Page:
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In the novel Appointment with Death, Dr Théodore Gérard is a French psychologist. Along with fellow doctor Sarah King, he encounters the Boynton family.

Dr Gérard is tall and middle-aged. He and Sarah King first met in Cairo, when he helped to carry one of her suitcases when no porter was available. At the beginning of the novel, they meet again in the Solomon Hotel, in Jerusalem.

In the lounge at the Solomon Hotel, Sarah and Dr Gérard observe the Boynton family. He notices that Sarah's interest in them is motivated by her interest in Raymond Boynton. After Sarah leaves, he continues to observe the Boyntons, as he senses that there is something there of psychological interest. He notices that underneath the harmless family talk, there is an undercurrent of hatred.

Dr Gérard later encounters Ginevra Boynton, who tells him that she is really the heiress to a throne, and has enemies all around. She asks him to help her get away.

Dr Gérard travels to Petra, together with Sarah King, Lady Westholme, and Miss Pierce. He argues with Lady Westholme about the League of Nations, as she is an ardent supporter of it, while he prefers to "be witty at the League's expense".

Dr Gérard has "a good head for heights", but he is kind and reassuring with Miss Pierce, who is afraid of heights. He climbs behind her, holding a stick between her and the sheer drop, which helps her to overcome the feeling of vertigo.

On the day of the murder, Dr Gérard goes for a walk with Sarah, Jefferson Cope, and some members of the Boynton family. He returns to the camp early, as he is suffering from an attack of malaria, which he says is a legacy from a visit to the Congo.

Colonel Carbury later asks Dr Gérard to tell Poirot facts about the case. Dr Gérard tells them that when he returned to his tent on the day of the murder, he could not find his case of drugs at first, as someone had moved it from where he had originally placed it. He had intended to treat himself with an intravenous injection of quinine, but was unable to find his hypodermic syringe. He took a large dose of quinine by mouth instead. On getting up the following morning, he found the hypodermic syringe behind a case of bottles on his dressing table, and was positive that it had not been there before.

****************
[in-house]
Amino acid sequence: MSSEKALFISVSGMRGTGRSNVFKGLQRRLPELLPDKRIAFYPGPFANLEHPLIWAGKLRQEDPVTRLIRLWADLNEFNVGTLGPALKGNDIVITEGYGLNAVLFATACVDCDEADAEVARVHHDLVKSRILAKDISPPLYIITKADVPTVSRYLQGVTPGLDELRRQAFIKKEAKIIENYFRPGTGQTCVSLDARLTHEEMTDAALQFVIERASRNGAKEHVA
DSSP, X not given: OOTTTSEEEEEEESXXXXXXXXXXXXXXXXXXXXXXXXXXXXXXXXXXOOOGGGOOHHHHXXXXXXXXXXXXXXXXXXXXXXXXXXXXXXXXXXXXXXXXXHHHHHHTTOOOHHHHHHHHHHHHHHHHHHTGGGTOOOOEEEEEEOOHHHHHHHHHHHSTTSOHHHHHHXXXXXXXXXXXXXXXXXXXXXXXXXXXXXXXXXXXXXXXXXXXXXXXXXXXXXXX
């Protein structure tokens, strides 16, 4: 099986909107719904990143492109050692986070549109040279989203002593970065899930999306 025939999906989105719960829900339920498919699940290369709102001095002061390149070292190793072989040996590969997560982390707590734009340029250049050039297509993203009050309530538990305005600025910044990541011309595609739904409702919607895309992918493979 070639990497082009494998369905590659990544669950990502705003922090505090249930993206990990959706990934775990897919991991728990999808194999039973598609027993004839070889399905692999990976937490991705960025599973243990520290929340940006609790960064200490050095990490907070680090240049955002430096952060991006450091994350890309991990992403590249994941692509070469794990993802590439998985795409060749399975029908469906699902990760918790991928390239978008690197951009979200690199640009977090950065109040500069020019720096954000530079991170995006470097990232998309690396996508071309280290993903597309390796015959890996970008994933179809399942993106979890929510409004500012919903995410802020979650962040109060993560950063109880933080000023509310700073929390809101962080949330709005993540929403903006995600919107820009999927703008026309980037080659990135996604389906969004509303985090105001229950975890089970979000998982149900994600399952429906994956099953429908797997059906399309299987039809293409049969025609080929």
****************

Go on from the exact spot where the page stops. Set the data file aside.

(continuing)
Dr Gérard also tells Poirot that there was a mark on the victim's wrist, such as would be made by the insertion of a hypodermic syringe. Dr Gérard had also examined his case of drugs, and found that his stock of digitoxin was diminished.

Dr Gérard expresses the opinion that the evidence in the case is bound to be inconclusive, and they may know that murder has been done, but it will be difficult to prove. Poirot asks if he is satisfied that the case should rest that way, and he says that he is not. Dr Gérard explains that it is his instinct to preserve life, not to hasten death, and so even though his conscious mind believes that Mrs Boynton's death was a good thing, his unconscious mind rebels against it.

Dr Gérard tells Poirot and Colonel Carbury that Ginevra Boynton is in a dangerous condition mentally, as she has begun to display symptoms of schizophrenia, with advanced delusions of persecution. He explains that this is dangerous because it is the beginning of what is often homicidal mania. He considers it possible that Ginevra might have killed her mother, but he is almost certain that she would have chosen a more spectacular method.

Dr Gérard later tells Poirot that he is going to attempt to treat Ginevra. He arranges with Lennox and Nadine Boynton for Ginevra to go to Paris and enter one of his clinics, and after her treatment, she will have her training for the stage.